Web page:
Scouting has to be kept relevant and I think this is a way to do it. I got my Computing merit badge in the 80's and had to write a 5000-line program to do it, so a little challenge in the video game belt loop could be a good thing.


RE: Not cool
By Lord 666 on 4/28/2010 1:24:02 PM , Rating: 2
Back in the day, I became a legend in our troop when I demonstrated how to play NES on a Citizen portable b/w TV by connecting the antenna to a double prong antenna TV connector. RC Pro Am was playable and we proved it on a trip.

Granted our Scout leadership mostly were high level AT&T engineers, so we had a different kind of flavor of activities combined with the outdoor type stuff. We also had a phase of pure paramilitary when the Scout Master (active duty Major in USAF) took us on several trips to McGuire AFB and West Point invitational with the cadets. Those were great times either way.


RE: Not cool
By MadMan007 on 4/28/2010 9:41:45 PM , Rating: 2
I think this is taking it a bit too far as well. Unlike even the non-outdoorsy/survival badges this one isn't really teaching much. And it's got consumer whore-ism built in "List good reasons to purchase or use a game system."


RE: Not cool
By ekv on 4/29/2010 3:48:42 AM , Rating: 2
I wasn't in Scouting, though wish I had followed through. My older brother was an Eagle Scout [something like '78]. I support the Scouts and what they stand for. I support them financially, though wish I could afford a higher level of support.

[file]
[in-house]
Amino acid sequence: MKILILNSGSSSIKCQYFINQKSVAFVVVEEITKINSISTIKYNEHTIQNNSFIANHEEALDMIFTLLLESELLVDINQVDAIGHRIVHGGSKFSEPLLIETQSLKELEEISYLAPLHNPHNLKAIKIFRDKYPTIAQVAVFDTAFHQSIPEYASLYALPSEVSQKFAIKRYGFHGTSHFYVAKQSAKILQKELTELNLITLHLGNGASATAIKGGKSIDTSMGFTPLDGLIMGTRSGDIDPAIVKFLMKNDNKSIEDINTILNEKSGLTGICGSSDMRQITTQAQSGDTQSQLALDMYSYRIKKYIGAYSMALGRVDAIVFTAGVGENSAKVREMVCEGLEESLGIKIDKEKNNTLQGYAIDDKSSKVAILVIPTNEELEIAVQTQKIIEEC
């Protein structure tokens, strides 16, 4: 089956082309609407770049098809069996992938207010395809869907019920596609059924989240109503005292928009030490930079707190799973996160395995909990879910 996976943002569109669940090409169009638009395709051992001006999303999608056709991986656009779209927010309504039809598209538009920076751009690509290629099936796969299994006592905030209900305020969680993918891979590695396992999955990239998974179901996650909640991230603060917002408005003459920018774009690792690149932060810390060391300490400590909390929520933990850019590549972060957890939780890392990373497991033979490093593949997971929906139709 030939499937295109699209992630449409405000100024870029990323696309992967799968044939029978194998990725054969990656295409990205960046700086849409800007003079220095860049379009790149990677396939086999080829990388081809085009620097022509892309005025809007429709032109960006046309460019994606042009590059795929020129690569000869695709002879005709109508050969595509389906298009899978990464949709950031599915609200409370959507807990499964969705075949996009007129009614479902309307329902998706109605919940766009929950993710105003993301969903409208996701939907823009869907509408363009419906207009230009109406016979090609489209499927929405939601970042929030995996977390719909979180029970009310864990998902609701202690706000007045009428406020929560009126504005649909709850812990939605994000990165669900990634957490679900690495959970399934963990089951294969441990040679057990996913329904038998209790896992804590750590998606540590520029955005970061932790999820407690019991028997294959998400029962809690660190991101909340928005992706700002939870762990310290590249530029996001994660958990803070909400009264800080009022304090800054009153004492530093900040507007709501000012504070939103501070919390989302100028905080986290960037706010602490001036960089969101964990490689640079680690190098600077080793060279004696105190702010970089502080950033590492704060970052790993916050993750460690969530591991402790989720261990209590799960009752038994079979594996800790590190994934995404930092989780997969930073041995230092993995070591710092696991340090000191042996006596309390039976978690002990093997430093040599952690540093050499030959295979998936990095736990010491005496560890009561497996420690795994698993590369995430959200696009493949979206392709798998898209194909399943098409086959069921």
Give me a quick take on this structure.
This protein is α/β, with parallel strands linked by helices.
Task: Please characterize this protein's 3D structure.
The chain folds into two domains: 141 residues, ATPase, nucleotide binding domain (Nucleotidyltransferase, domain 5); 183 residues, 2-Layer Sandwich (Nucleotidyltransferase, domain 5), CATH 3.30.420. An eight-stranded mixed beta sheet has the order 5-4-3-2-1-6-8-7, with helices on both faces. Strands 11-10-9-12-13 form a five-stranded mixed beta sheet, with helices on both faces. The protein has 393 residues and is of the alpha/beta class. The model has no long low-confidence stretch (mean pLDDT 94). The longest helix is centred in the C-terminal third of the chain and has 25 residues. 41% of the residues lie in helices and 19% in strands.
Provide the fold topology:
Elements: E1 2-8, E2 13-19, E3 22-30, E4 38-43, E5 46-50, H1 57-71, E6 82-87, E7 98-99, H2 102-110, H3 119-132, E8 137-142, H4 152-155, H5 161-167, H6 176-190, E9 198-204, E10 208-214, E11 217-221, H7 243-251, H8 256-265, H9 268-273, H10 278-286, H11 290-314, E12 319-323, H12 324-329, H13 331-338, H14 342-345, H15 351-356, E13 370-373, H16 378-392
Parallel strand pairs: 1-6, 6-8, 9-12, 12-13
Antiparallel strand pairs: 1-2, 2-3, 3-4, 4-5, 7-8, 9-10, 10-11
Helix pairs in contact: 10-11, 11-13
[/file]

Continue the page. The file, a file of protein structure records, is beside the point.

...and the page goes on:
I realize I'm an outsider, however let me suggest that this badge is an opportunity to emphasize time management. Time mgt. is a real-life skill and important, even critical, to one's success. E.g. in college, where there are many novelties tugging at one's newly limited-amount-of-time.

Another point would be that I've seen several Eagle Scout projects having to do with improving a park -- like cleaning up a heavily littered area and keeping it clean for 6-12 months. Similarly, with what little gaming I've done, I was rather impressed with the potty-mouths on 13 year olds annihilating me in Halo [which I kind of consider my badge of honor 8] Would it not be possible for Scouts to be a force in cleaning up the ethos, if not the actual language ? Maybe I'm not expressing that too well, but can you see what I mean?